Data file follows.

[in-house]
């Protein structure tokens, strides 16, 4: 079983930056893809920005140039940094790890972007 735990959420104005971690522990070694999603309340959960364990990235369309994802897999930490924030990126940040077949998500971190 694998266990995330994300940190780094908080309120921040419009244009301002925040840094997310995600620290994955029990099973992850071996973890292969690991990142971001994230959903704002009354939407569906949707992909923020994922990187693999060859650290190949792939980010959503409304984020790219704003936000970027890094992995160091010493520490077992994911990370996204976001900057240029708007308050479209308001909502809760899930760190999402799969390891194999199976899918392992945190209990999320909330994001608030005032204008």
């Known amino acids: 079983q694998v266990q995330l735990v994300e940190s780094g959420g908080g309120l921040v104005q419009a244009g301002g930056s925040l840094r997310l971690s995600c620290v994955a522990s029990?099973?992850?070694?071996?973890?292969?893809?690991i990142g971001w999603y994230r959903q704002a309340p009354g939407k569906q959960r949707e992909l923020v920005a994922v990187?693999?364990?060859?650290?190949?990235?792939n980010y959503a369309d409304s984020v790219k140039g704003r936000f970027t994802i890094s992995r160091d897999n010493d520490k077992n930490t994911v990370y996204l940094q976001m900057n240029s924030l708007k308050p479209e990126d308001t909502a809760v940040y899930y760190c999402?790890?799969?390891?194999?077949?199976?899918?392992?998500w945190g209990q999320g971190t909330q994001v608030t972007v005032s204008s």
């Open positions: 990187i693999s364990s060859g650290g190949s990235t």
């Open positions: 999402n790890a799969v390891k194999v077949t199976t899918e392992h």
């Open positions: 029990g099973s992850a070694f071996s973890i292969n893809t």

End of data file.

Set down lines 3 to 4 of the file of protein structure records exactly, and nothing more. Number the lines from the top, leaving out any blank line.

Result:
């Known amino acids: 079983q694998v266990q995330l735990v994300e940190s780094g959420g908080g309120l921040v104005q419009a244009g301002g930056s925040l840094r997310l971690s995600c620290v994955a522990s029990?099973?992850?070694?071996?973890?292969?893809?690991i990142g971001w999603y994230r959903q704002a309340p009354g939407k569906q959960r949707e992909l923020v920005a994922v990187?693999?364990?060859?650290?190949?990235?792939n980010y959503a369309d409304s984020v790219k140039g704003r936000f970027t994802i890094s992995r160091d897999n010493d520490k077992n930490t994911v990370y996204l940094q976001m900057n240029s924030l708007k308050p479209e990126d308001t909502a809760v940040y899930y760190c999402?790890?799969?390891?194999?077949?199976?899918?392992?998500w945190g209990q999320g971190t909330q994001v608030t972007v005032s204008s």
């Open positions: 990187i693999s364990s060859g650290g190949s990235t």